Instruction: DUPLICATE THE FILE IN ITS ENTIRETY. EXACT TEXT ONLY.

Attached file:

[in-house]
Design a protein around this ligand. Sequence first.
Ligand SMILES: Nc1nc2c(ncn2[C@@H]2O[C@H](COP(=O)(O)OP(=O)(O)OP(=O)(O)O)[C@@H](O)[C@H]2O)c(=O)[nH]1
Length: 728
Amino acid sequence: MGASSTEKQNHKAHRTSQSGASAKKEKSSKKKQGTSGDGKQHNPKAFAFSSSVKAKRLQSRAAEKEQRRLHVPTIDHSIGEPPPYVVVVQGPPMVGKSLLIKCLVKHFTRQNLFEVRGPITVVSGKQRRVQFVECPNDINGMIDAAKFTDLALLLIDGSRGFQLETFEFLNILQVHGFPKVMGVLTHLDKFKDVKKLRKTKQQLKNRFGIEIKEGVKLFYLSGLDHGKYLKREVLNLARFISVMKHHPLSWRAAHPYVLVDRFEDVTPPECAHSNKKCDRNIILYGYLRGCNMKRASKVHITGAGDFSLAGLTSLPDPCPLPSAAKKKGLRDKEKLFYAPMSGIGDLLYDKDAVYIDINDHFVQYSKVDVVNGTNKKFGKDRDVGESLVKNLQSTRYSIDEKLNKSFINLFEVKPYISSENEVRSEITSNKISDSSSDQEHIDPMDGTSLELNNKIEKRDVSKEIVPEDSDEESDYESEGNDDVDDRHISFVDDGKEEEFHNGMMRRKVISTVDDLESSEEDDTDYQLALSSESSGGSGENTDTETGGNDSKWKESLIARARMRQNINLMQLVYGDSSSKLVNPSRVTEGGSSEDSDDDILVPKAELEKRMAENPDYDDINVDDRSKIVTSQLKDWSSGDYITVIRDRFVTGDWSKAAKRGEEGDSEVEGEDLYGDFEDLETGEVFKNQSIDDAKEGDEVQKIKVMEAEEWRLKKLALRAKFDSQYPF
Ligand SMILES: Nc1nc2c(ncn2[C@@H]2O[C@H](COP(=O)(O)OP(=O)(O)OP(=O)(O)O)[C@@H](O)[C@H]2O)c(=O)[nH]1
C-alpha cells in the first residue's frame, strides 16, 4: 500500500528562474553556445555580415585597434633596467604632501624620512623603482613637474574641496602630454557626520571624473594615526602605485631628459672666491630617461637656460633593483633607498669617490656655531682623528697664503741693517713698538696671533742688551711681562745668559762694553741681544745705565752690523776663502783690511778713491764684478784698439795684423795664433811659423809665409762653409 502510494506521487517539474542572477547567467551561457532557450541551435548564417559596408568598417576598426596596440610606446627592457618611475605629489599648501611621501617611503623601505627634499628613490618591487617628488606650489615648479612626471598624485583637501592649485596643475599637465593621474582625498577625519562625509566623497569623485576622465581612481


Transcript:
[in-house]
Design a protein around this ligand. Sequence first.
Ligand SMILES: Nc1nc2c(ncn2[C@@H]2O[C@H](COP(=O)(O)OP(=O)(O)OP(=O)(O)O)[C@@H](O)[C@H]2O)c(=O)[nH]1
Length: 728
Amino acid sequence: MGASSTEKQNHKAHRTSQSGASAKKEKSSKKKQGTSGDGKQHNPKAFAFSSSVKAKRLQSRAAEKEQRRLHVPTIDHSIGEPPPYVVVVQGPPMVGKSLLIKCLVKHFTRQNLFEVRGPITVVSGKQRRVQFVECPNDINGMIDAAKFTDLALLLIDGSRGFQLETFEFLNILQVHGFPKVMGVLTHLDKFKDVKKLRKTKQQLKNRFGIEIKEGVKLFYLSGLDHGKYLKREVLNLARFISVMKHHPLSWRAAHPYVLVDRFEDVTPPECAHSNKKCDRNIILYGYLRGCNMKRASKVHITGAGDFSLAGLTSLPDPCPLPSAAKKKGLRDKEKLFYAPMSGIGDLLYDKDAVYIDINDHFVQYSKVDVVNGTNKKFGKDRDVGESLVKNLQSTRYSIDEKLNKSFINLFEVKPYISSENEVRSEITSNKISDSSSDQEHIDPMDGTSLELNNKIEKRDVSKEIVPEDSDEESDYESEGNDDVDDRHISFVDDGKEEEFHNGMMRRKVISTVDDLESSEEDDTDYQLALSSESSGGSGENTDTETGGNDSKWKESLIARARMRQNINLMQLVYGDSSSKLVNPSRVTEGGSSEDSDDDILVPKAELEKRMAENPDYDDINVDDRSKIVTSQLKDWSSGDYITVIRDRFVTGDWSKAAKRGEEGDSEVEGEDLYGDFEDLETGEVFKNQSIDDAKEGDEVQKIKVMEAEEWRLKKLALRAKFDSQYPF
Ligand SMILES: Nc1nc2c(ncn2[C@@H]2O[C@H](COP(=O)(O)OP(=O)(O)OP(=O)(O)O)[C@@H](O)[C@H]2O)c(=O)[nH]1
C-alpha cells in the first residue's frame, strides 16, 4: 500500500528562474553556445555580415585597434633596467604632501624620512623603482613637474574641496602630454557626520571624473594615526602605485631628459672666491630617461637656460633593483633607498669617490656655531682623528697664503741693517713698538696671533742688551711681562745668559762694553741681544745705565752690523776663502783690511778713491764684478784698439795684423795664433811659423809665409762653409 502510494506521487517539474542572477547567467551561457532557450541551435548564417559596408568598417576598426596596440610606446627592457618611475605629489599648501611621501617611503623601505627634499628613490618591487617628488606650489615648479612626471598624485583637501592649485596643475599637465593621474582625498577625519562625509566623497569623485576622465581612481